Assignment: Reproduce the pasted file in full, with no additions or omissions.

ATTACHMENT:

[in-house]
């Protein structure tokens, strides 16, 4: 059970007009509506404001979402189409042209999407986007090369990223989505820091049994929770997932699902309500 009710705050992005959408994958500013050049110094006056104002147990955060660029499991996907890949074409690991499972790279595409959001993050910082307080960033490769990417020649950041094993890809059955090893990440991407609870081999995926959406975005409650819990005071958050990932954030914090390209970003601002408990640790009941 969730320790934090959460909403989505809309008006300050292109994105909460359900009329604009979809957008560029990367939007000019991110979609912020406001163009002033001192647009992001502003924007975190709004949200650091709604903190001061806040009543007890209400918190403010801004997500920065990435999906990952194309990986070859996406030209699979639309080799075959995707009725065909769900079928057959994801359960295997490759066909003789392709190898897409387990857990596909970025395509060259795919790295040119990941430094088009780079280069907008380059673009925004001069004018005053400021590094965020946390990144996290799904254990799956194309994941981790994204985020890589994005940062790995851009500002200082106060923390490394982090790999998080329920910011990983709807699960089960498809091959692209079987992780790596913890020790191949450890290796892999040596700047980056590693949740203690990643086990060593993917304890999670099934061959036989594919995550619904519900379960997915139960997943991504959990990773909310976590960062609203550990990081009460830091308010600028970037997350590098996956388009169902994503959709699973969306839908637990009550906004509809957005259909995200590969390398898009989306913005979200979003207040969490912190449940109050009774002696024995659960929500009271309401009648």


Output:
[in-house]
């Protein structure tokens, strides 16, 4: 059970007009509506404001979402189409042209999407986007090369990223989505820091049994929770997932699902309500 009710705050992005959408994958500013050049110094006056104002147990955060660029499991996907890949074409690991499972790279595409959001993050910082307080960033490769990417020649950041094993890809059955090893990440991407609870081999995926959406975005409650819990005071958050990932954030914090390209970003601002408990640790009941 969730320790934090959460909403989505809309008006300050292109994105909460359900009329604009979809957008560029990367939007000019991110979609912020406001163009002033001192647009992001502003924007975190709004949200650091709604903190001061806040009543007890209400918190403010801004997500920065990435999906990952194309990986070859996406030209699979639309080799075959995707009725065909769900079928057959994801359960295997490759066909003789392709190898897409387990857990596909970025395509060259795919790295040119990941430094088009780079280069907008380059673009925004001069004018005053400021590094965020946390990144996290799904254990799956194309994941981790994204985020890589994005940062790995851009500002200082106060923390490394982090790999998080329920910011990983709807699960089960498809091959692209079987992780790596913890020790191949450890290796892999040596700047980056590693949740203690990643086990060593993917304890999670099934061959036989594919995550619904519900379960997915139960997943991504959990990773909310976590960062609203550990990081009460830091308010600028970037997350590098996956388009169902994503959709699973969306839908637990009550906004509809957005259909995200590969390398898009989306913005979200979003207040969490912190449940109050009774002696024995659960929500009271309401009648």